Tuesday, September 25, 2012

A Kid-Friendly Version of our Technology Integration Framework

The past decade has seen huge changes in the types of technology standards that most schools have. Even two years ago the SAS technology standards were lists of concrete skills organized around types of tools such as word processors, spreadsheets, and desktop layout programs. Depending upon grade level, the standards looked something like this:
      Insert header and footer into a Word document.
      Create a graphic in a paint program and export it as a JPEG file.
      Convert spreadsheet data into a bar graph.

In January 2009 SAS adopted the Technology Integration Framework: Grades K-12.1 (Please see details at end of this post.) The framework is based on the National Educational Technology Standards for Students or (NETS-S)2. The International Society for Technology in Education who developed the standards, explains them in this way:

NETS are the standards for evaluating the skills and knowledge students need to learn effectively and live productively in an increasingly global and digital world.

Simply being able to use technology is no longer enough. Today's students need to be able to use technology to analyze, learn, and explore. Digital age skills are vital for preparing students to work, live, and contribute to the social and civic fabric of their communities.3

The adoption of the SAS Technology Integration Framework marks two major shifts as described below. 

Shift from...

Shift to...

      isolated technology skills        
      technology skills embedded into 21st century learning skills such as creating, communicating, collaborating, and problem solving
      stand-alone computer classes 
      technology integration in every grade and in every content area

Our framework is well written, but it is not written in kid-friendly language.  We use the terms 4 below to make it more accessible to our students. I’ve also listed a few examples in each section.

Make It!

Use technology to show your creativity.

  • Art students creating stop motion movies to animate their art.
  • Grade 3 students creating digital posters to explain the board game they designed.
  • Grade 4 students creating a collage or scrapbook page with photos from the year.

Say It!

Use technology to communicate.

  • Grade 3 classes Skyping grandparents to learn about inventions.
  • Grade 4 students working on oral fluency through choral reading podcasts.
  • Grade 5 students Skyping family members to give them a weekly update on their activities and progress.

Share it!

Use technology to collaborate.

  • Using the comment feature in Google Docs to give their writing partners feedback on first drafts.
  • Using Mind Meister mind mapping software in our Google Apps suite to collaboratively reflect on story elements.

Find It!

Use technology for research.

  • Our librarians Kate Brundage and Rosa Shin-Gay teach search skills during library classes. Students apply these skills in the classroom with the assistance of teachers.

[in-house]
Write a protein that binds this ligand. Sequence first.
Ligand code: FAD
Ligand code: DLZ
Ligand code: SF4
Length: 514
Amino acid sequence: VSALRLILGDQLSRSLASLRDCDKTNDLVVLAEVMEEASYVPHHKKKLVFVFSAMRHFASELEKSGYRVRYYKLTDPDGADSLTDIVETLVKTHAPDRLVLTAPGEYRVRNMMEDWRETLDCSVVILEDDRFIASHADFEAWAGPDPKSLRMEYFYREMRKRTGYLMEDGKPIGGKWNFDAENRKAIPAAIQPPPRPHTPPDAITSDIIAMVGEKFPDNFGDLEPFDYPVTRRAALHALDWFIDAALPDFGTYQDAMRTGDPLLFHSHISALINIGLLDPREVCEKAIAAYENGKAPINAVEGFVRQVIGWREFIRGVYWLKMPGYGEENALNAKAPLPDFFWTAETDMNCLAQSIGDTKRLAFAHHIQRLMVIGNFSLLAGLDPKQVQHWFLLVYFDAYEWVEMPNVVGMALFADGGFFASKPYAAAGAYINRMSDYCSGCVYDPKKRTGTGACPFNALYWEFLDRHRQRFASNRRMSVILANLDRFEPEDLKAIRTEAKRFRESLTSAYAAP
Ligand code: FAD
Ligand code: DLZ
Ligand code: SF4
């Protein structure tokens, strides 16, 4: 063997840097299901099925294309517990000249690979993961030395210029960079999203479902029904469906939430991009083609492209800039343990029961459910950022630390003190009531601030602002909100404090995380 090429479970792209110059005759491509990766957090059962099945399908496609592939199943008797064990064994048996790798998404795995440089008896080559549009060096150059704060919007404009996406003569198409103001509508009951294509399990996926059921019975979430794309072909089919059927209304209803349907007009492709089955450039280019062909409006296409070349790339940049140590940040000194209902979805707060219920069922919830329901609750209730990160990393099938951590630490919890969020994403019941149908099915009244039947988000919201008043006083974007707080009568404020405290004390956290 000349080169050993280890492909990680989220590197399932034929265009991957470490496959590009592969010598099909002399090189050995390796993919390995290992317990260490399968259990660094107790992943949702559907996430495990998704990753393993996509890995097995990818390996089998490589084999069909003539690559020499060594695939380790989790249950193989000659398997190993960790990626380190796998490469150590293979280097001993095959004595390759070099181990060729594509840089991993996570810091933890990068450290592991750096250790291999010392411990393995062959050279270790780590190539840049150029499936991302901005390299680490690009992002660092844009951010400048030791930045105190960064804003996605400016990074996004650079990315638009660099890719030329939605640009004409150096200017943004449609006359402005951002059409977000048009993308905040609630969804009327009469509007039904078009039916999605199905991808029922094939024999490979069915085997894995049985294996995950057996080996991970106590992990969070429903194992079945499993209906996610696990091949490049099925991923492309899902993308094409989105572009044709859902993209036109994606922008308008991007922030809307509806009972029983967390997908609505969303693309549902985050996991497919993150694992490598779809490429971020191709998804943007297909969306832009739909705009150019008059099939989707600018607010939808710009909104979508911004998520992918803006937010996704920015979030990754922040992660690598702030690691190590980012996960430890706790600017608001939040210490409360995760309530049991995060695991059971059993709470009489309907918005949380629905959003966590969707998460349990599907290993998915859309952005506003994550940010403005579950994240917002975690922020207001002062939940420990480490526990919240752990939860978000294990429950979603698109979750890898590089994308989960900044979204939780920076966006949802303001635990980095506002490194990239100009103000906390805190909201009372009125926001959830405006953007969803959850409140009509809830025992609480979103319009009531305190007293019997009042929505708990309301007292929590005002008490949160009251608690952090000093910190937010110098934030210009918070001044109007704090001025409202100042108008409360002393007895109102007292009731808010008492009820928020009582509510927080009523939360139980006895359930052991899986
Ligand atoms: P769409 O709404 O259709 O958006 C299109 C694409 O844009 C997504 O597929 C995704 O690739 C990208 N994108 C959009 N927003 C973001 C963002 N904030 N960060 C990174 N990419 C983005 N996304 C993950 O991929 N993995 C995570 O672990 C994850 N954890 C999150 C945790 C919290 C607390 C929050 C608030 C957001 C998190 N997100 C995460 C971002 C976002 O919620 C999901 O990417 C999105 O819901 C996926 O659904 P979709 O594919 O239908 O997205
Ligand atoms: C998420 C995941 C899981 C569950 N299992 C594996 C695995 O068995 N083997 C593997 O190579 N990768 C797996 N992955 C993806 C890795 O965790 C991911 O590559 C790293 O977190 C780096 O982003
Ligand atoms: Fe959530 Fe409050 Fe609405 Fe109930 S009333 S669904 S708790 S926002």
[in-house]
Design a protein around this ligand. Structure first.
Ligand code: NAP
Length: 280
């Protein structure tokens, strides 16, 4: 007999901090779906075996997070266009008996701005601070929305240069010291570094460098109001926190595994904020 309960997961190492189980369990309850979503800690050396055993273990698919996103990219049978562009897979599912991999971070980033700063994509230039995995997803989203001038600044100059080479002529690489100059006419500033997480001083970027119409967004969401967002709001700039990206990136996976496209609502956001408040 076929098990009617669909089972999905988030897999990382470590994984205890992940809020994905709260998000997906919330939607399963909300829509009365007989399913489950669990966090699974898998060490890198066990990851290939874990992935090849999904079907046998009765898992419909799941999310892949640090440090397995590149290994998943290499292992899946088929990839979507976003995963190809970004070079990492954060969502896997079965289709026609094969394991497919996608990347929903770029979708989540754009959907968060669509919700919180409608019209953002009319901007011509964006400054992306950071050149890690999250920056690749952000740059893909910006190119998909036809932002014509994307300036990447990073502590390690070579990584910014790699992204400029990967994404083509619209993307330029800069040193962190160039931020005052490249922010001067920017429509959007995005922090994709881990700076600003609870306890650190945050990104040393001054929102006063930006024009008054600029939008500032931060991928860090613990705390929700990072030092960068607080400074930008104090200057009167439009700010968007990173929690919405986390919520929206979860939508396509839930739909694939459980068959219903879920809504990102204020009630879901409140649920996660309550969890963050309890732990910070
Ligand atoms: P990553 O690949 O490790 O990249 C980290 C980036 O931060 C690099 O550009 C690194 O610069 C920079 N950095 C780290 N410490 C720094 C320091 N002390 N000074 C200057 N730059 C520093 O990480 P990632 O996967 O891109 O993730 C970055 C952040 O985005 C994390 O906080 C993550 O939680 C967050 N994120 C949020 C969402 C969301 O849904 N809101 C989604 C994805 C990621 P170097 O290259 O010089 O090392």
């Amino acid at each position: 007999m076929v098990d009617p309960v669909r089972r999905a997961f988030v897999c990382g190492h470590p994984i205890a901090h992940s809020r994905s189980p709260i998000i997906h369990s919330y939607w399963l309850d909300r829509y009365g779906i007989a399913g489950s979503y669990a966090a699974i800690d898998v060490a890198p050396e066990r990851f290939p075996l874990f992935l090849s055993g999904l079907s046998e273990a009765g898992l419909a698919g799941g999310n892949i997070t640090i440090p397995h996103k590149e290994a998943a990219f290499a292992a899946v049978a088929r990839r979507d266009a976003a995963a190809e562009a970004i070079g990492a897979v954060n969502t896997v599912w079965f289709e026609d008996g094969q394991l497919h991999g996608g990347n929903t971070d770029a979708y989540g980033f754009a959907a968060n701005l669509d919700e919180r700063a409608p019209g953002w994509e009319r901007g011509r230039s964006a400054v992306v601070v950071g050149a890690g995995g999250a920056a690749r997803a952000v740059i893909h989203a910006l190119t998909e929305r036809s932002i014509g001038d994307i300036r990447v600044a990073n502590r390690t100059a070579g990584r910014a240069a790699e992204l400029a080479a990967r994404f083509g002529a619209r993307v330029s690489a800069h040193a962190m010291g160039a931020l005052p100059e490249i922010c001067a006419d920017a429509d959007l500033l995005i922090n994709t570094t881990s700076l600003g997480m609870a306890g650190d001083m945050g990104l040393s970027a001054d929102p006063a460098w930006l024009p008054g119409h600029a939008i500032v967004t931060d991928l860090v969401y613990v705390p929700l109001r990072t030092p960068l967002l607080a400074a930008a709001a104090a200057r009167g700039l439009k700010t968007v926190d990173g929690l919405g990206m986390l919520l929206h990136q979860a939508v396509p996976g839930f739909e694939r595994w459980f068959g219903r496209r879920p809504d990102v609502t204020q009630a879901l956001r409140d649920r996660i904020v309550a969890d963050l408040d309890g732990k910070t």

• Exploring fake websites to learn how to check the validity of web site sources.

Solve It!

Use technology to think critically, solve problems and make decisions.

  • Grade 3 students gather data and analyze data on developing and developed countries.
  • Grade 4 play the Great Ocean Rescue computer simulation to gather information, think critically and make decisions to solve problem affecting our oceans.

Protect It!

Use our core values whenever using technology.
·       Grade 3 students learn to be responsible for keeping their password and other personal information safe online.
·       Grade 4 students are respectful when they leave appropriate comments on each other’s blogs.
·       Grade 5 students learn about their digital footprint and put those skills to use as they start using school email and blogging.
·       All grades learn about their responsibility to help stop cyber bullying and the compassionate way to treat students who are being bullied.

Use It!

Use technology devices and programs to improve your learning.
·       Students in all grades learn a wide variety of technology skills as they complete classroom projects. These skills include but are not limited to word processing, typing, movie making, podcasting, desktop publishing, graphical design, graphing, mind mapping and using spreadsheets.
·       They use a variety of devices including computers, ipads, cameras, and digital microscopes.

Technology Integration Framework: Grades K-12

Standard 1: Creativity and Innovation
Students demonstrate creative thinking, construct knowledge, and develop innovative products and processes using technology.

Standard 2: Communication and Collaboration
Students use digital media and environments to communicate and work collaboratively, including at a distance, to support individual learning and contribute to the learning of others.

Standard 3: Research and Information Fluency
Students apply digital tools to gather, evaluate, and use information.

Standard 4: Critical Thinking, Problem Solving, and Decision Making
Students use critical thinking skills to plan and conduct research, manage projects, solve problems, and make informed decisions using appropriate digital tools and resources.

Standard 5: Digital Citizenship
Students understand human, cultural, and societal issues related to technology and practice legal and ethical behavior.

Standard 6: Technology Operations and Concepts
Students demonstrate a sound understanding of technology concepts, systems, and operations.

For more detailed information visit: http://bit.ly/UPx9Mi.

2 NETS for Students, International Society for Technololgy in Education (2012). http://www.iste.org/docs/pdfs/nets-s-standards.pdf?sfvrsn=2

3 NETS for Students, International Society for Technololgy in Education (2012).

No comments:

Post a Comment